Wanted: Innovative processes for justice delivery




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Benin-based lawyer, Douglas Ogbankwa writes that in the face of indequate funding of the judiciary, sector stakeholders must find creative ways to keep the system going, especially following the disruptions caused by the Coronavirus pandemic.


Judiciary eggheads in Nigeria will need to be innovative to find a solution to the problem of delay in the court system caused by the Covid-19 pandemic.

In jusrisdictions, the existing infrastructure in place for virtual court sittings came in handy to keep the judicial going.

The Chief of Nigeria (CJN) and chief judges of the states issued Practice Directions allowing virtual court sittings mostly with the consent of parties.

While some courts carried out minor activities using virtual systems, others did not.

We have not learnt our lessons in the delivery system in Nigeria and as the wave of the Coronavirus is on, the judicial sector is suffering from delay owing to the restrictions of movements and filed processes.

It does appears that the major impediment that clogs the wheel of progress of the virtual court system, is paucity of funds for all tiers of the judiciary, owing to the lack of financial autonomy.

This brings to the fore the cardinal issue of judicial financial independence which has been guaranteed by Section 121 (3) of the Constitution of the Federal Republic of Nigeria,1999 (As Amended) by the 4th alteration.

It states: “Every monies standing to the credit of the judiciary shall be paid directly to heads of courts from the consolidated revenue funds.”


As explicit and unambiguous as this section seems, some governors aided by very senior lawyers have been circumventing this express provisions of the constitution, which in saner climes is even an impeachable offence. The President is a co-conspirator in this action of suppressing the judiciary and by extension the people.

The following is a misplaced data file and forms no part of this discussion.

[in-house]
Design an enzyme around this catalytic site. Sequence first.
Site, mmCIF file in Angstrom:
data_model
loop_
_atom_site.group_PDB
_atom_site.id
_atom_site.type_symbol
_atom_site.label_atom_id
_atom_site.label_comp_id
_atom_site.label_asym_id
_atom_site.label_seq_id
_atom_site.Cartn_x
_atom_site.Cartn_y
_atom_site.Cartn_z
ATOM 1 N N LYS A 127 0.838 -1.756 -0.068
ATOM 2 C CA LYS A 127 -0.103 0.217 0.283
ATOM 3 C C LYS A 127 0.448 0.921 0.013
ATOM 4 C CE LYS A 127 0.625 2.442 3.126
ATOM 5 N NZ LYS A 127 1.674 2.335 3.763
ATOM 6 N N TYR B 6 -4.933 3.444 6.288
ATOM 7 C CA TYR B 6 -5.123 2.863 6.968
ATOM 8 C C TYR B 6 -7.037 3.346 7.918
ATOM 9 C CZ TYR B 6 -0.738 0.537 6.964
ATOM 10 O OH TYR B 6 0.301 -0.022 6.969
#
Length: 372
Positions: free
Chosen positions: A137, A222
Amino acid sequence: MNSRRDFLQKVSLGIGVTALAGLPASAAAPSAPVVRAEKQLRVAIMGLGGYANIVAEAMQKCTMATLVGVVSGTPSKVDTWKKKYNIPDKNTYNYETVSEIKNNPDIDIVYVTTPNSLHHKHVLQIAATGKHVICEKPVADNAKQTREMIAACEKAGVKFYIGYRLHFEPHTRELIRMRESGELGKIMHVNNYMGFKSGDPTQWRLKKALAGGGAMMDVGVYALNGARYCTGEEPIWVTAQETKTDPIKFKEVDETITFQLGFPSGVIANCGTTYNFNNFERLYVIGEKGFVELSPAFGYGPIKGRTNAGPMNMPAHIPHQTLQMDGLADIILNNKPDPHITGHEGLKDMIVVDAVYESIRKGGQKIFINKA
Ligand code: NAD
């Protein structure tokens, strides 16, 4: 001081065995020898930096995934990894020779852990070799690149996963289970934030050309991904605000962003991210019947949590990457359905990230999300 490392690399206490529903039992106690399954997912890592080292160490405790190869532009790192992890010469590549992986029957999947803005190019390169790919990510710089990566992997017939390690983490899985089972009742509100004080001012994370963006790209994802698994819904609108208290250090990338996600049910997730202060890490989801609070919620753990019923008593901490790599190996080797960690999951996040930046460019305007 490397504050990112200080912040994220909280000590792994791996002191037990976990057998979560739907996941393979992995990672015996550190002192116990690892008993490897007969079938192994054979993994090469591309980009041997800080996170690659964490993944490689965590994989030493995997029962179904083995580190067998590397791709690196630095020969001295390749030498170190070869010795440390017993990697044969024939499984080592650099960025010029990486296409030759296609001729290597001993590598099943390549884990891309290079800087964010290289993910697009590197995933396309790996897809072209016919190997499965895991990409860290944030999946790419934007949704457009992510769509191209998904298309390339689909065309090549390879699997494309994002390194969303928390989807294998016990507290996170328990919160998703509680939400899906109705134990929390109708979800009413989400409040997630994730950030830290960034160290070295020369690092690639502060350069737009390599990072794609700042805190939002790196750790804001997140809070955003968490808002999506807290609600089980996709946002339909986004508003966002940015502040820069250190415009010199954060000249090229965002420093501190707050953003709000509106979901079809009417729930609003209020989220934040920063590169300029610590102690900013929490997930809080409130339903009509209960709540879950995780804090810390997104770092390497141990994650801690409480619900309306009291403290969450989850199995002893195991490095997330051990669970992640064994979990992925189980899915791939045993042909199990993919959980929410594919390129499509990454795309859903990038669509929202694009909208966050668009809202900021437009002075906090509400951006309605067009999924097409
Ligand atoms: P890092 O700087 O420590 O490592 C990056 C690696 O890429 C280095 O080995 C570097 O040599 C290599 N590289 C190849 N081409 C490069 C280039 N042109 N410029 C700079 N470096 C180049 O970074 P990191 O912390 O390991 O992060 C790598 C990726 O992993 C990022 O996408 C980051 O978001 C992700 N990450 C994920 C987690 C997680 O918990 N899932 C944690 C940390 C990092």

The gamut of equipment and infrastructure required to fully integrate virtual conferencing in our court system is huge considering the financial implications of same.

It will be foolhardy for us to think that it is achievable, without financial authonomy of the judiciary. Lawyers act as if everything is ok. Our judiciary is under siege by these mindless politicians. They now run the states as emperors as they determine almost every thing.

It takes an extraordinarily courageous Judge to give judgment against the impunity of government in view of financial control they have over the judiciary. Some governors even treat state chief judges as their appointees issuing orders to him or her.

It is, however, a chief judge that does not know his or her onions that will fall prey to such administrative malfeasance. Just as the governor is the head of executive, the chief judge is the head of the judiciary.

They derive their powers from the Constitution. They are co-heads of different arms of government. According to the constitution, none is subordinate to the following the Principles of separation of powers clearly delimiting the powers of state in Sections 4,5 & 6 of the Constitution of the Federal Republic,1999 (As Amended,).

The analysis above becomes apposite because it has affected the inability of the chief judges of the states to deploy the required infrastructure to fully kickstart he much required virtual court sittings that will facilitate quick dispensation of in this Covid-19 period.